- Department of Energy & Climate Change and The Rt Hon Edward Davey
- Part of:
- Energy industry and infrastructure licensing and regulation
- 13 November 2012
- Delivered on:
This was published under the 2010 to 2015 Conservative and Liberal Democrat coalition government
Mr Speaker, my department and the Treasury were informed on Friday afternoon that the FSA had received allegations of manipulation of the UK gas market. Market abuse is always wrong – but at a time w...
Mr Speaker, my department and the Treasury were informed on Friday afternoon that the FSA had received allegations of manipulation of the UK gas market.
Market abuse is always wrong - but at a time when people and companies are struggling with high energy bills, the country would expect us to take firm action if these allegations prove true, and we will.
These allegations of market manipulation are being taken very seriously. We will support the regulators taking whatever steps necessary to ensure that the full force of the law is applied, if they are true, so that any guilty parties are held to account.
In the first instance, the Financial Services Authority (FSA) and Ofgem will consider these allegations. Ofgem has the lead responsibility for these physical markets, with the FSA leading on any associated financial market. Both regulators have already committed significant resources to doing so. I and my officials have been in close contact with both regulators over the weekend, and we continue to support them in their work in whatever way we can.
The assessment of the allegations is however at an early stage. The FSA and Ofgem are examining the evidence they received and as this evidence may be used in criminal and/or civil proceedings it is important not to pre-empt the work of the FSA and Ofgem, or their conclusions. At this stage, we encourage any individuals or companies to act on any concerns that they have and bring forward any evidence of market manipulation. People should know that the powers exist to protect the identity of a whistleblower, although in this instance the individual concerned has chosen to forego his anonymity.
Both Ofgem and the FSA are market regulators, independent of Government and staffed by market experts. Together with the Office of Fair Trading (OFT), these organisation have a range of powers available to them, including acting against: manipulation of financial markets; collusive activity; and abuse of strong market positions.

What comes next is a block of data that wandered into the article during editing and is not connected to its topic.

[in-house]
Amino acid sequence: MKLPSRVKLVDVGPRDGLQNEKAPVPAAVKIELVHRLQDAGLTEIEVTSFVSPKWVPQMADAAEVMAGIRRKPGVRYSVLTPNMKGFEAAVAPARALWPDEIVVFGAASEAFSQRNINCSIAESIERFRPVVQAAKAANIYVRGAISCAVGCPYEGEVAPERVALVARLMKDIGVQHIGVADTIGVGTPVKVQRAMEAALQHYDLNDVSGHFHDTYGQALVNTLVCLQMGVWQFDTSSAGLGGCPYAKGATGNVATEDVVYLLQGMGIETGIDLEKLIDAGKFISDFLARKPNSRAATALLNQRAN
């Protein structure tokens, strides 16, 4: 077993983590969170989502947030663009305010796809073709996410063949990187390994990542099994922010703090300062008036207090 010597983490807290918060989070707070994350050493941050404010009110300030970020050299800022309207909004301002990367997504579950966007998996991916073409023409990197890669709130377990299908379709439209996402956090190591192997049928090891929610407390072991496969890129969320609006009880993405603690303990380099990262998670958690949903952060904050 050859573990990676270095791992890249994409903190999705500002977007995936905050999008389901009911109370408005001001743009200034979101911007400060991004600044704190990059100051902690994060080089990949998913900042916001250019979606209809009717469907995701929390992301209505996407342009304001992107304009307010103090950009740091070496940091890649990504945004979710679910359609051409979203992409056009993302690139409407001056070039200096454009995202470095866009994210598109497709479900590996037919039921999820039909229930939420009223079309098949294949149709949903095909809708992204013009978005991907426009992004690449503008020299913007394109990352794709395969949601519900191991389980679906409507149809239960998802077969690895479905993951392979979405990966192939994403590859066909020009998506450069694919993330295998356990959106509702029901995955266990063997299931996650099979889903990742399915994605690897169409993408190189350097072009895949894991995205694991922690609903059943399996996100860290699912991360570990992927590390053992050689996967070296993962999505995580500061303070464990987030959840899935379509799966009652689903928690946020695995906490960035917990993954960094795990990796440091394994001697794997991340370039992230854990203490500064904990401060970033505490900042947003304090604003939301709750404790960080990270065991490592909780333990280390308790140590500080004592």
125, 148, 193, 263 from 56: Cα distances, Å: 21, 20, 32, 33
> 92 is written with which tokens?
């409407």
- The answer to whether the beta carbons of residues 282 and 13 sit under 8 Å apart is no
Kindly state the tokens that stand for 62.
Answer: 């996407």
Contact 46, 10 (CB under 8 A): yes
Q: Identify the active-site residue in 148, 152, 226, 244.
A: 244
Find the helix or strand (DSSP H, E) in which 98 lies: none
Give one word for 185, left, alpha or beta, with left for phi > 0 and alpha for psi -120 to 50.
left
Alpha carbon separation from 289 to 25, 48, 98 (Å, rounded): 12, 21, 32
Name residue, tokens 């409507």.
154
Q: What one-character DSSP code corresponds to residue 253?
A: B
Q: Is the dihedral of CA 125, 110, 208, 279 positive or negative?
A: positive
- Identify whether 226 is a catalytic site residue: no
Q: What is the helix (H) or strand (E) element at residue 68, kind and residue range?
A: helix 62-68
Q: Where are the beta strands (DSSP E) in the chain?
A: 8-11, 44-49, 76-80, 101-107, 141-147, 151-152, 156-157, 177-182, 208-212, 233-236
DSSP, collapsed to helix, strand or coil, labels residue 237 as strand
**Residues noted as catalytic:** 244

The Government has a strong record of providing regulators with the powers that they need to tackle market abuse. Where regulators and others have identified gaps in their powers, we have acted quickly to address them.
For example, Government acted swiftly to tackle the attempted manipulation of LIBOR and EURIBOR, by implementing in full the recommendations of the Wheatley Review, including the statutory regulation of benchmark activities. We also responded to Ofgem’s requests to extend its powers to tackle abuses that take advantage of network constraints. The Government has also undertaken a wholesale review of how competition law is applied in the UK, ensuring that it is fit for purpose, and that it can tackle collusion and abuse of strong market positions.
The UK Government has also taken a leading role in the development of the EU’s Regulation on Wholesale Energy Markets Integrity and Transparency - often referred to as REMIT. The prohibitions on insider trading and market manipulation came into force in December 2011. This will ensure that regulatory bodies across the EU are able to tackle any such abuse in wholesale energy markets. The UK was already aiming to be one of the first countries to implement REMIT in full and Government has been working with Ofgem over the past few months on the detailed implementation of these powers.
Yet if it were to prove to be the case that the existing wide ranging powers to tackle market abuse and these new REMIT powers are insufficient, I have written to the FSA, Ofgem and the OFT, asking them to identify any remaining gaps in their powers to deal with allegations of this sort.
At this early stage in the investigation it is not possible to understand what the impact on consumers, companies or markets may have been, if the allegations are proven to be true.
Yet I can assure the House of our absolute determination to clamp down on any abuse that is uncovered, wherever and by whoever.
For now, it is right and proper to allow the independent market regulators to proceed with their investigations, with our full support.
And Mr Speaker, I will commit now to update this house when we learn more.
Published: 13 November 2012